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Vantrix develops multiscreen transcoding at the network edge to takeVantrix-vod-jitt3
advantage of continuous traffic patterns associated with the rising demand
for live-to-VOD and network DVR replay.


Vantrix Takes Just-in-Time Video Transcodes to the Edge

Vantrix develops software that helps video service providers optimize media processing operations in order to save costs and improve their customers’ viewing and accessing experiences. A new white paper, written by Avni Rambhia, Industry Principal, Digital Media at Frost and Sullivan and commissioned by Vantrix, proposes that developing multiscreen transcoding capabilities at the network edge is a cloud strategy that suits the continuous, sustained traffic patterns associated with day-to-day demand forlive-to-VODandnetwork digital video recorder, or DVR, replay.
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The range of purposes the cloud is used for now - on or off-premises data centres to infrastructure, software and platforms ‘as-a-service’ - all have scalability and agility as key attributes. Usage varies from sustained continuous traffic and bulk transcoding jobs for VOD libraries, to large-scale burst traffic for breaking news and major events. The report asserts that cloud-based infrastructures should be able to rely on dedicated encoding and transcoding infrastructure to drive such services via a software layer.

Maintain the Engagement

For a pay TV operator to remain competitive, subscribers have to remain engaged with content on its own branded destination, rather than going to an online video service provider, broadcaster website or various apps. Frost and Sullivan feels that delivering content within a high enough quality experience requires deployinglive-to-VOD servicesat the network edge or even in the core network.

The two options available for designing on-demand infrastructure in the cloud are thejust-in-time transcodingmodel and thejust-in-time packagingmodel. Up until now, VOD operators have relied mainly on a just-in-time packaging structure, but the report suggests that more recently, the JIT transcoding model can achieve more in terms of optimizing services, lowering costs and gaining a competitive advantage into the near future.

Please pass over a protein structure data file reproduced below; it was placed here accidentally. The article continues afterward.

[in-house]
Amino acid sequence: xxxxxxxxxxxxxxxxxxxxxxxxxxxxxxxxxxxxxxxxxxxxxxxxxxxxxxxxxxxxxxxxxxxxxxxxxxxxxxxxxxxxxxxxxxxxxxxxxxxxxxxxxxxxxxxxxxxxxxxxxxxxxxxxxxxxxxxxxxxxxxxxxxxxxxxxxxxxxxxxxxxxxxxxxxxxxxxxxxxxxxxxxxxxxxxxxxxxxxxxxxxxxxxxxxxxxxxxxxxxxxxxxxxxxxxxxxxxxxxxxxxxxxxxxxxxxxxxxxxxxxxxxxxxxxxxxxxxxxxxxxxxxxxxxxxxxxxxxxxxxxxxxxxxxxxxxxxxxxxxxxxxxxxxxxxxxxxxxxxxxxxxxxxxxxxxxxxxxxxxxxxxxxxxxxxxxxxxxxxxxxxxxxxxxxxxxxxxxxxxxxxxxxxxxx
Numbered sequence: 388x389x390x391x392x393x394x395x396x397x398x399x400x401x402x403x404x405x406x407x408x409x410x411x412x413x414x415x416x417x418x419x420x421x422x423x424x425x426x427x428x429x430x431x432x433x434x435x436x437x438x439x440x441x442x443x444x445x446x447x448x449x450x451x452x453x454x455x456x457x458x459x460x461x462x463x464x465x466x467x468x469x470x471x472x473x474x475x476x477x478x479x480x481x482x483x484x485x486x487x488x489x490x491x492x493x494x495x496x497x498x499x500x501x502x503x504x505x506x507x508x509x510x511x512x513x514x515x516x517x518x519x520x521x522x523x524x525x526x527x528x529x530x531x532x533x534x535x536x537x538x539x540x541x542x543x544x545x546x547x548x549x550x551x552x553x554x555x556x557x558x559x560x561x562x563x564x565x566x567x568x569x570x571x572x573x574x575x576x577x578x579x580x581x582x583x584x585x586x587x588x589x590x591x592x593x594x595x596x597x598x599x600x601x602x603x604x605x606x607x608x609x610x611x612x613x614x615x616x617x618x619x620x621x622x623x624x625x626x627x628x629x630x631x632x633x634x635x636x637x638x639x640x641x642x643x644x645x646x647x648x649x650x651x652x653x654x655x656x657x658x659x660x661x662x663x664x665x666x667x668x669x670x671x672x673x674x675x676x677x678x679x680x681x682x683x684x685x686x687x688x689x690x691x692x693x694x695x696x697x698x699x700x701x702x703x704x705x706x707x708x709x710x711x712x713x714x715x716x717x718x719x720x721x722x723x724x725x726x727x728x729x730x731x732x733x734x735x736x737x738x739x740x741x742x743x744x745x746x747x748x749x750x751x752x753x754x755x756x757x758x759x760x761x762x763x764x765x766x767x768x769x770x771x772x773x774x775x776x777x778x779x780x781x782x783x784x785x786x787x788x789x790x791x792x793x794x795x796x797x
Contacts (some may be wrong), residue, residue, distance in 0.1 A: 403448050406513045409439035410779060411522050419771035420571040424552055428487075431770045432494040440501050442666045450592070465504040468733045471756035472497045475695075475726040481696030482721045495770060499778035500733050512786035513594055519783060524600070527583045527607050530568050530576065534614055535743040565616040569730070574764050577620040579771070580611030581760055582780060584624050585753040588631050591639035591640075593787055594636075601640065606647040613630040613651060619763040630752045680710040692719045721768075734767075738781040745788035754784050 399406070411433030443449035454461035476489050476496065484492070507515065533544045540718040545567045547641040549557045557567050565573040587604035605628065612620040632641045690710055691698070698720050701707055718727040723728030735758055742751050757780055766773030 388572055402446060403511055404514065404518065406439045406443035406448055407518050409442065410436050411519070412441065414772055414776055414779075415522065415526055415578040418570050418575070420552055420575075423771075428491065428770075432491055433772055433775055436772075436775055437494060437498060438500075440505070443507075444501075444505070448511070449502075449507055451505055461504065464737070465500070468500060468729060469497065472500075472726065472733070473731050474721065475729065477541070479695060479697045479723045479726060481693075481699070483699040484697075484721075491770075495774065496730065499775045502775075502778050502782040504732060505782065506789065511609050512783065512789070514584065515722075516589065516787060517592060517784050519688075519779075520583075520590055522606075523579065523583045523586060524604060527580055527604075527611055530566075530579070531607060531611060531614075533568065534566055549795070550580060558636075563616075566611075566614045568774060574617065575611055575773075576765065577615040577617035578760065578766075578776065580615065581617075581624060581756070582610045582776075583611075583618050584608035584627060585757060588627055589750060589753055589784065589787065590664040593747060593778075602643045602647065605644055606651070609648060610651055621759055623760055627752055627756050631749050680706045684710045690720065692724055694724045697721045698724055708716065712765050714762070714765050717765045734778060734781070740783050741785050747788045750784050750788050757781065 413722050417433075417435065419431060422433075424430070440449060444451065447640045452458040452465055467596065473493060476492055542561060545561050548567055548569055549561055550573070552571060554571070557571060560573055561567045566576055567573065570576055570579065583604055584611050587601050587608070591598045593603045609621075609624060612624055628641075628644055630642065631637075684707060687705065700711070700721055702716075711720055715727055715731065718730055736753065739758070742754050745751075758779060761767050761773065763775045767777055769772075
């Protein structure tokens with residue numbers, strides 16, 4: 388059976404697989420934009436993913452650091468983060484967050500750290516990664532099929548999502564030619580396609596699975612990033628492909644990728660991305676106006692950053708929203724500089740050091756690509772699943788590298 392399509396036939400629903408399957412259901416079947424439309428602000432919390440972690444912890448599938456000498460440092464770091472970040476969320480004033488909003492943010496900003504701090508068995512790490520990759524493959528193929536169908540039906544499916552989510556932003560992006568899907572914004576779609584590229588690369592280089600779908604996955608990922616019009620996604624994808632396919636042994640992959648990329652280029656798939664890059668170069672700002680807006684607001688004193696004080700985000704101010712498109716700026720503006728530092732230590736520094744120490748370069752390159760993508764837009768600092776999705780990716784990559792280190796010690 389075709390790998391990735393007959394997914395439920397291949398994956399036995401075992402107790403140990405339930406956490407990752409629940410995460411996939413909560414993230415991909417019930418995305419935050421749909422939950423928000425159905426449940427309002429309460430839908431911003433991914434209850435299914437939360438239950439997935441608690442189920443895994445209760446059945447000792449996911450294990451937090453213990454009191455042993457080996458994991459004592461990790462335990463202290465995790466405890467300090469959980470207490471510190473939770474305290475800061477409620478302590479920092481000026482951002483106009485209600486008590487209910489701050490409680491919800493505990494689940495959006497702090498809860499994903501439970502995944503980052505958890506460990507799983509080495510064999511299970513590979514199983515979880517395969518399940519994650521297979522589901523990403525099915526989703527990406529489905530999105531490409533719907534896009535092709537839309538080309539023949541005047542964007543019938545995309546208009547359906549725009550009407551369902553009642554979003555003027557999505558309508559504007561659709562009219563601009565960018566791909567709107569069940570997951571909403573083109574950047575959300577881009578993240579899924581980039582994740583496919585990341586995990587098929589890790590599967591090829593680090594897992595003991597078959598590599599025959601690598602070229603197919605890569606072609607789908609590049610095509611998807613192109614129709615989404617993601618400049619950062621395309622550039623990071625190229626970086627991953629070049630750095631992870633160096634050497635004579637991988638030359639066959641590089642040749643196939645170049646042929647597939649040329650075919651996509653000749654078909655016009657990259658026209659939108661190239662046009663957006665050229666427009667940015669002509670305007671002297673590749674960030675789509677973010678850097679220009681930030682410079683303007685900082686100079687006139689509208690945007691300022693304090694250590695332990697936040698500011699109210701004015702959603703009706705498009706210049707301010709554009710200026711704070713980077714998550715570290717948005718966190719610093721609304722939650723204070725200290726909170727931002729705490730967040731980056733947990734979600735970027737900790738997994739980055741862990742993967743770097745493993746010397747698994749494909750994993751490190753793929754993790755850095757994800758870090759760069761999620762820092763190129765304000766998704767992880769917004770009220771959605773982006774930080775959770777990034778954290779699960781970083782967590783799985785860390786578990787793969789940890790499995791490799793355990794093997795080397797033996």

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Packaging and Profiling

Before supplying TV Everywhere content, a vendor mustpackageeach program into the protocols that support delivery to mobile devices and set-top boxes - Apple HTTP Live Streaming or HLS, Microsoft Smooth Streaming, Adobe HTTP Dynamic Streaming or HDS, and the newer MPEG DASH, Dynamic Adaptive Streaming over HTTP. Using JITP has meant that video service providers can deliver adaptive bitrate, or ABR, video-on-demand, network digital video recorder and TV Everywhere services without having to pre-package all of their video assets in each of the adaptive streaming protocols. This has reduced the need for storage and network bandwidth, and made it easier to expand TV Everywhere libraries.

However, before packaging, the vendor createsviewing profilesof each program, based on and optimized for the particular devices they will be delivered to, for a given bitrate. This process ensures image quality and accommodates fluctuations in available bandwidth. The combined result of packaging and profiling is multiple profiles of each program in various streaming protocols, requiring a substantial amount of storage that tends to increase rapidly if new programs are added.

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TheRGB Networks TransAct Packager’s new JITP capabilities, for example, specifically address this situation. Rather than having to pre-package all profiles of every program in all adaptive streaming protocols, the providers can wait to package programs in real time into the appropriate protocol, only when that content is requested by viewers on a specific device. This kind of packaging gives the video provider a chance to manage storage and bandwidth costs against expansion of content available for multiscreen distribution.